Carrot Ginger Soup Recipe photo by Taste of Home
Total Time
Prep/Total Time: 30 min.
This Carrot Ginger Soup recipe features a smooth and creamy blend of sweet carrots and zesty ginger, perfect for a light lunch or cozy dinner starter. Easy to make and bursting with flavor, it pairs well with a variety of sides for a satisfying meal.

Updated: Jun. 13, 2024

Carrot Ginger Soup is a vibrant, creamy dish that combines the natural sweetness of carrots with the zesty warmth of fresh ginger. Rich in beta-carotene, vitamins, and antioxidants, the earthy flavor of the carrots is beautifully complemented by the aromatic ginger, creating a harmonious blend that is both comforting and refreshing. Ginger is known for its digestive benefits, making this soup not only delicious but also soothing for the stomach. This smooth and velvety soup recipe is perfect for a light lunch or starter for a more elaborate dinner. Pair it with crusty bread or a crisp green salad for a well-rounded meal.

Ingredients for Carrot Ginger Soup

  • Olive oil: Use a high-quality extra virgin olive oil to sauté the vegetables.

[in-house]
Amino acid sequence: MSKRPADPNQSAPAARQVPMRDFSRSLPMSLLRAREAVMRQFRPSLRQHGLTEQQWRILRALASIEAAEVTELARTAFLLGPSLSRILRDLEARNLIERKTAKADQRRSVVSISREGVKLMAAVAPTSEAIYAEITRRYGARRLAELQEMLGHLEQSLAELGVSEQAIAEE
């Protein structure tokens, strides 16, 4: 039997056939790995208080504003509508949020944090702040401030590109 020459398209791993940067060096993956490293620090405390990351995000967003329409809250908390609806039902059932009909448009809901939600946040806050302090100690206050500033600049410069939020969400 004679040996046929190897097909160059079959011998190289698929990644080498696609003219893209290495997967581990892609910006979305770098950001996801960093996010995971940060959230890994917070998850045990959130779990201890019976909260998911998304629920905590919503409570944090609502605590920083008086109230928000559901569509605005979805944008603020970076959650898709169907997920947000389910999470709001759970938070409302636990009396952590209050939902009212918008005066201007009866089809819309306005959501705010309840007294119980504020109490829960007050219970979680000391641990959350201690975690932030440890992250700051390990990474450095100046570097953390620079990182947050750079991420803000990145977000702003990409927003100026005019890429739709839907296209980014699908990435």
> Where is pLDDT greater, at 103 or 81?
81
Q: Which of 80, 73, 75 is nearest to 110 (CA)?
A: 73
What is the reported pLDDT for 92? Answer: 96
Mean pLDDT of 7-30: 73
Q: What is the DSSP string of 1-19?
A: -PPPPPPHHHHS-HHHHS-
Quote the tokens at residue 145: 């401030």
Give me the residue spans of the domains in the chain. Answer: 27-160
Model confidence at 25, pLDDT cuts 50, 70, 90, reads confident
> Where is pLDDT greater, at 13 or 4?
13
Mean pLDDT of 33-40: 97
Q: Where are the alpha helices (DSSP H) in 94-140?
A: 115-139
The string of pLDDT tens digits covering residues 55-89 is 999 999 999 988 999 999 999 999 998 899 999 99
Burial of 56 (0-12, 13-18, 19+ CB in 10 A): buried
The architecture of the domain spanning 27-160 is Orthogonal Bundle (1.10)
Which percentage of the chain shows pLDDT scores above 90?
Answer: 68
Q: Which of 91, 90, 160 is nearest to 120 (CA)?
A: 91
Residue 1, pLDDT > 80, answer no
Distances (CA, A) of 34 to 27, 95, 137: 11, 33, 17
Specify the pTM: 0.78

• Onion: Yellow onions have a mild, slightly sweet flavor that complements the soup perfectly. 
  • Garlic:  A few garlic cloves add aromatic depth to the soup with its subtle pungency.
  • Gingerroot: Fresh ginger root brings a warm, peppery flavor to the soup, perfectly balancing the natural sweetness of the carrots.
  • Carrots: Fresh carrots add natural sweetness but frozen carrots work too. Skip the peeling to get the extra nutrients and fiber from the carrot skin. Just give them a good scrub like you wash any produce.
  • Vegetable broth: A good quality vegetable broth serves as the flavorful base for the soup.
  • Lemon: A little lemon zest provides a burst of citrus aroma to the soup, while the fresh lemon juice adds a subtle acidity that enhances all the flavors.
  • Seasonings: The soup is simply seasoned with salt and black pepper.


Step 1: Cook the veggies

In a Dutch oven or stockpot, heat the oil over medium heat. Add your onion and cook and stir until tender, four to five minutes. Then add the garlic and ginger and cook for one minute longer. Stir in the carrots, broth, zest, salt and pepper, then bring it to a boil. Reduce the heat and simmer, covered, until carrots are tender, for 10 to 12 minutes. 

Step 2: Blend the soup

Pulse the mixture in a blender or with an immersion blender to the desired consistency. Stir in lemon juice and garnish with additional lemon zest, if desired.

Recipe Variations

  • Make it creamy: Mix in a can of coconut milk for a creamy, tropical twist. The coconut milk enhances the soup’s richness and adds a subtle sweetness.
  • Boost with protein: Add red lentils to the soup for extra protein and fiber. The lentils blend smoothly with the carrots and ginger, creating a heartier dish.
  • Try curry style: Stir in a teaspoon of curry powder or a tablespoon of Thai red curry paste to give the soup a fragrant, spicy, and exotic flavor profile. 
  • Spice it up:  Incorporate a pinch of cayenne pepper or a chopped chili pepper to give the soup an extra level of heat.